Relieve Painful Haglund’s Deformity

You may notice a bump on your heel or on a family member’s heel. Haglund’s deformity is a bony enlargement that can form at the back of the heel bone where the Achilles tendon is located.

This bump is sometimes called “pump bump” because it often appears in women who wear pump-type shoes. Shoes like pumps, work boots and even ice skates with rigid backs can contribute to the formation of a Haglund’s deformity. Those with a tight Achilles tendon, high arches or those who tend to walk on the outside of the feet are more likely to develop this bump.

Haglund’s deformity can cause heel pain and swelling and also blistering from rubbing against the back of the shoes. Bursitis can develop from irritation to this area.

Try Home Care First

If you have a painful Haglund’s deformity bump on one or both heels, apply ice after taking your shoes off to ease your discomfort. Add heel pads to the backs of your shoes to relieve the pressure, and switch shoes often. Opt for shoes with open heels like clogs to reduce rubbing, but not if you have bunions, tendonitis or foot pain.

If the bump becomes bigger or your pain persists, it’s time to contact Stavros O. Alexopoulos, DPM, for a professional evaluation. He will examine your feet carefully and take x-rays if necessary right in our Chicago office.

Treating Haglund’s Deformity

Based on our findings, we will discuss treatment options with you including:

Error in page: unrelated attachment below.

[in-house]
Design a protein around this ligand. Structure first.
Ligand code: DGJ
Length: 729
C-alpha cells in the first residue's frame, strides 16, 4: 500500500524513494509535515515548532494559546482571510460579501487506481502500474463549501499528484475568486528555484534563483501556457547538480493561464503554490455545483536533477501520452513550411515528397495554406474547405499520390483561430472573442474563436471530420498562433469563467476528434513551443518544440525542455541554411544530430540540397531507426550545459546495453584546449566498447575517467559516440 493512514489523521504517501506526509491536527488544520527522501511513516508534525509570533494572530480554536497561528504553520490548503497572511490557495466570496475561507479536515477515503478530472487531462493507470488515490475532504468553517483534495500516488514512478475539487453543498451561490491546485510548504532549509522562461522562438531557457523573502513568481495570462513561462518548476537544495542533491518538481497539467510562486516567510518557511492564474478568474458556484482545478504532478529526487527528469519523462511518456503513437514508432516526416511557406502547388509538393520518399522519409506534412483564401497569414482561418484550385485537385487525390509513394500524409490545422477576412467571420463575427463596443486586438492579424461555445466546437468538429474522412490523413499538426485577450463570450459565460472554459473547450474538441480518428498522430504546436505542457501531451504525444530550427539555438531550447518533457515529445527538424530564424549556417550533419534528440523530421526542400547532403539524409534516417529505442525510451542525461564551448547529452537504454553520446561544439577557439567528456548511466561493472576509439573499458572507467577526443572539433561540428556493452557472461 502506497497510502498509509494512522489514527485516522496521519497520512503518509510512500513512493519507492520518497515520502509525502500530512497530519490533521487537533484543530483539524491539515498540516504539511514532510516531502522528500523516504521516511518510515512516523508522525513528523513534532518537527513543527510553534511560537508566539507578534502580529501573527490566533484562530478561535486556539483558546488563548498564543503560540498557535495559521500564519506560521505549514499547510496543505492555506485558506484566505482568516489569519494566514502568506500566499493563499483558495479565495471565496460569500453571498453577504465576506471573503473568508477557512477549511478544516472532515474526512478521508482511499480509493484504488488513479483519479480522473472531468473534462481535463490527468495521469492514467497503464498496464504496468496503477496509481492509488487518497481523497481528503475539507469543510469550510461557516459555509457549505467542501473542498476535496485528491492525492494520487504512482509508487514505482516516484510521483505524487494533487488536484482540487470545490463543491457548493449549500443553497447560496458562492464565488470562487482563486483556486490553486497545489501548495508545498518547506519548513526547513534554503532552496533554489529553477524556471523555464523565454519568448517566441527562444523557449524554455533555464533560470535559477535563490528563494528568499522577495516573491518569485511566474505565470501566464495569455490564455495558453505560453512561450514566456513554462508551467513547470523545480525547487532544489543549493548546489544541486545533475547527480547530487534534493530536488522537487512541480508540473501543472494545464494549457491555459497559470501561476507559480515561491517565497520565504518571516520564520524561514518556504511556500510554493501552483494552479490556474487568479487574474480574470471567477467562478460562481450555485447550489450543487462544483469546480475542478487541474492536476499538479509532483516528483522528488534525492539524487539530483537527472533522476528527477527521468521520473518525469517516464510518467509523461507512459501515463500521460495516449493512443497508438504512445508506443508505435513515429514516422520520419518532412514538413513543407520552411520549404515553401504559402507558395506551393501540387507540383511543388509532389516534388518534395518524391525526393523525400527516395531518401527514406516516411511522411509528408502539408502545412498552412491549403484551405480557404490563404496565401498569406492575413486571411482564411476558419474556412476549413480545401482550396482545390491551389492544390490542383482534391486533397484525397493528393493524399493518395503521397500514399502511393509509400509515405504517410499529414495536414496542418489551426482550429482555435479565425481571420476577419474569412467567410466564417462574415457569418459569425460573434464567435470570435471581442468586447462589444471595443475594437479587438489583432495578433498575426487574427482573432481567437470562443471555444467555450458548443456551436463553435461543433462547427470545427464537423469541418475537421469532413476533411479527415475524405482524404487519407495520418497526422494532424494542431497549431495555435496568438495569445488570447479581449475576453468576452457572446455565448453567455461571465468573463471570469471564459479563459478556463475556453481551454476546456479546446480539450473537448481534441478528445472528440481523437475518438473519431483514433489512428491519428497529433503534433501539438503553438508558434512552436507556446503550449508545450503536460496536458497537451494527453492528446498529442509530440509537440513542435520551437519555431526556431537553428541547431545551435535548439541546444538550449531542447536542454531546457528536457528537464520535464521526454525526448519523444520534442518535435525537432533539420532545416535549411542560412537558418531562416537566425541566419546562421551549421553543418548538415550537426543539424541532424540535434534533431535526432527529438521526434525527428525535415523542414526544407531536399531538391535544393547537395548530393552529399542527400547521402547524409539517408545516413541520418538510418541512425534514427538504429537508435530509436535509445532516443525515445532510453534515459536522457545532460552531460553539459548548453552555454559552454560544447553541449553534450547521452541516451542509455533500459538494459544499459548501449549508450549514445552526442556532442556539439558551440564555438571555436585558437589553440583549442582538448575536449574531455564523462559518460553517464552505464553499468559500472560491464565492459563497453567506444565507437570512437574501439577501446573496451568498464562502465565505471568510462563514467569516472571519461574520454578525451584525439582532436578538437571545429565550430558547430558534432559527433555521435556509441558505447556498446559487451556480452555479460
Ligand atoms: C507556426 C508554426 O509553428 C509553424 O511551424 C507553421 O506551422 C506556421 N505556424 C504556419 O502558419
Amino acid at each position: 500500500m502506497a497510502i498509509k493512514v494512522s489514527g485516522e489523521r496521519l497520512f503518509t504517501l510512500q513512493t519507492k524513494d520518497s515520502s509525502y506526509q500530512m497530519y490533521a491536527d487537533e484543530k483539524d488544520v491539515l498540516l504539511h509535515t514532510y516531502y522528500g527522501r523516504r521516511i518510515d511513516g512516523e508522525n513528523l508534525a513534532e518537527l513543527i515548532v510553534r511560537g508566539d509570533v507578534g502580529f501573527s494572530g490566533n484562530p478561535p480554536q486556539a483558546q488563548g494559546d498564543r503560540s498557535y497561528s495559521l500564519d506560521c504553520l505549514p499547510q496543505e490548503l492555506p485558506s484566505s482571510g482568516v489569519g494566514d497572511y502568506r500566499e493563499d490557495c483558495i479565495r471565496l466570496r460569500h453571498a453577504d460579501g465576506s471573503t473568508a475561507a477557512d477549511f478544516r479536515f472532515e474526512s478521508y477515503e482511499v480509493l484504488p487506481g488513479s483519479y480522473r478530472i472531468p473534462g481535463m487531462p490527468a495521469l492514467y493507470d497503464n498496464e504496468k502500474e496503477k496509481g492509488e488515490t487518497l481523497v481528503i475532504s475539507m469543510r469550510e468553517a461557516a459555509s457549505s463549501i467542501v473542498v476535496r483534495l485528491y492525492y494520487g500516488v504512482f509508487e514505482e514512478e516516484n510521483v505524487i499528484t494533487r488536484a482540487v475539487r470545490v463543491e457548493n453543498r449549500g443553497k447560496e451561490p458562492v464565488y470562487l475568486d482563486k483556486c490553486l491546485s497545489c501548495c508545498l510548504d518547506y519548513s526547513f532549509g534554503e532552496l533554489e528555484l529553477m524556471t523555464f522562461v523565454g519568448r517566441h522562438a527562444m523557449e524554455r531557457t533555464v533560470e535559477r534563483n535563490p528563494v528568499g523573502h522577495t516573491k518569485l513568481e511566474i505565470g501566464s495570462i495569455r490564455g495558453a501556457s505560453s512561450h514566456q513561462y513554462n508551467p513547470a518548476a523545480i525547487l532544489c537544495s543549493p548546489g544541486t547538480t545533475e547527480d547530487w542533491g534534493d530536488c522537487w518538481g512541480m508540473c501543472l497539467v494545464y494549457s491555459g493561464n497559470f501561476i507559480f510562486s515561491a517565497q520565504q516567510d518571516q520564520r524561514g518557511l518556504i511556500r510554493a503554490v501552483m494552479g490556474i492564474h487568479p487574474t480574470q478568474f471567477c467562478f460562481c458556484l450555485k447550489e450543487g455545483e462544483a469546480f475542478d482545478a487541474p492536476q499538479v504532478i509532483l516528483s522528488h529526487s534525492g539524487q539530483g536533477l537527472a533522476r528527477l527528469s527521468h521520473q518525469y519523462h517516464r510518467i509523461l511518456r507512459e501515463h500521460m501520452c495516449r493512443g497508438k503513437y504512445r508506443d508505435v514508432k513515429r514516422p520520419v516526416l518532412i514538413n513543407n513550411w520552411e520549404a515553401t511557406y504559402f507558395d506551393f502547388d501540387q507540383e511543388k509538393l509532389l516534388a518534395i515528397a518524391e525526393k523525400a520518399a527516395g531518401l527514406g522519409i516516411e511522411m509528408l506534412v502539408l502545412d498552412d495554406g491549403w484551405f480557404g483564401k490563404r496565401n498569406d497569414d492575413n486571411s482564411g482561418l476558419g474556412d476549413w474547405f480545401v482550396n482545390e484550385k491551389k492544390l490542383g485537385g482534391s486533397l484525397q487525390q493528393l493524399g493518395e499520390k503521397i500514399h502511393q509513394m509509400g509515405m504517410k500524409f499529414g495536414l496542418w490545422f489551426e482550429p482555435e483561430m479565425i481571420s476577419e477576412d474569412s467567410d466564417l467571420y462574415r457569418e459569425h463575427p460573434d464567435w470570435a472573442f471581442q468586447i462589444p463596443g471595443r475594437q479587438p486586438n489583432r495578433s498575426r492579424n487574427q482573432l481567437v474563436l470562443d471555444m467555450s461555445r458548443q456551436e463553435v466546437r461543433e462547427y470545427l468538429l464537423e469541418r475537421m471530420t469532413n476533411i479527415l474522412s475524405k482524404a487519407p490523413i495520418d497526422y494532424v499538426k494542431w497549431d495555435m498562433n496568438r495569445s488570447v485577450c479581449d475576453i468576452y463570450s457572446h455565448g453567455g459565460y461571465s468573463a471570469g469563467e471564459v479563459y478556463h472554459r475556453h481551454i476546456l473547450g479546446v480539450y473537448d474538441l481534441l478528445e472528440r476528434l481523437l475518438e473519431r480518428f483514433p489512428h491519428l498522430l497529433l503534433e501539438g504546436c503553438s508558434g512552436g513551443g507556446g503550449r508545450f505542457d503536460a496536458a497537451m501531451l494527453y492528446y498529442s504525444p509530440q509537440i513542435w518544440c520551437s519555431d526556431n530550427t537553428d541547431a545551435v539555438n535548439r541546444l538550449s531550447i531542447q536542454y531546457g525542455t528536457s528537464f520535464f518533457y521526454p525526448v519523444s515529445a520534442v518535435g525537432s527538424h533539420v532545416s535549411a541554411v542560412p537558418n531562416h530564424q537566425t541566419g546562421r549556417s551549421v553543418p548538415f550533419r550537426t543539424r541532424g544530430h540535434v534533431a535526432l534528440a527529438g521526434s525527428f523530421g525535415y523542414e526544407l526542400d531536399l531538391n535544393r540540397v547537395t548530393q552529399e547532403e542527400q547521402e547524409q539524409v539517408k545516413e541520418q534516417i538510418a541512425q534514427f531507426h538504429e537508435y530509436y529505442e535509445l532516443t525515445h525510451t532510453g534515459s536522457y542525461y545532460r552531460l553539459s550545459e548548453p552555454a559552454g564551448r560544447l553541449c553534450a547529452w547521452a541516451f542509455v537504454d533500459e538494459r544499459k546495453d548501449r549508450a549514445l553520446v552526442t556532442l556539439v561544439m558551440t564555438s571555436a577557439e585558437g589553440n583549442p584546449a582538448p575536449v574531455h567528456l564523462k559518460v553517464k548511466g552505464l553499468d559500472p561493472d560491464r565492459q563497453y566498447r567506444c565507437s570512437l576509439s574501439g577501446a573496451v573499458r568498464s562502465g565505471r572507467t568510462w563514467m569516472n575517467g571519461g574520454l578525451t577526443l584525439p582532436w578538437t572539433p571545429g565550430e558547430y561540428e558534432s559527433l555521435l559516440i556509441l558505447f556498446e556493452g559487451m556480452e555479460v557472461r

• Medication – oral anti-inflammatory medication along with topical anti-inflammatory treatment applied directly to the heel can relieve pain.
  • Shoe inserts – custom orthotics can alter the position of the foot in your shoe and relieve pressure. We may also recommend over-the-counter heel lifts or arch supports.
  • Immobilize the foot – for severe inflammation, a walking boot or soft cast can immobilize the area to allow healing.

If none of these conservative treatments relieve your pain, we will discuss surgical options with you to re-shape the heel bone.

Wearing backless shoes or shoes with backs that are not so rigid can prevent Haglund’s deformity. For patients with a tight Achilles tendon or a high arch, wear your orthotics and regularly stretch the tendon to prevent its development.

Haglund’s deformity can be painful and even affect your walking gait as you live with the pain. We can help reduce inflammation and relieve pain. Call Dr. Alexopoulos, board certified podiatrist at 773-561-8100 for an evaluation appointment. You can also reach us via the website. Don’t wait – call today to begin healing this painful condition.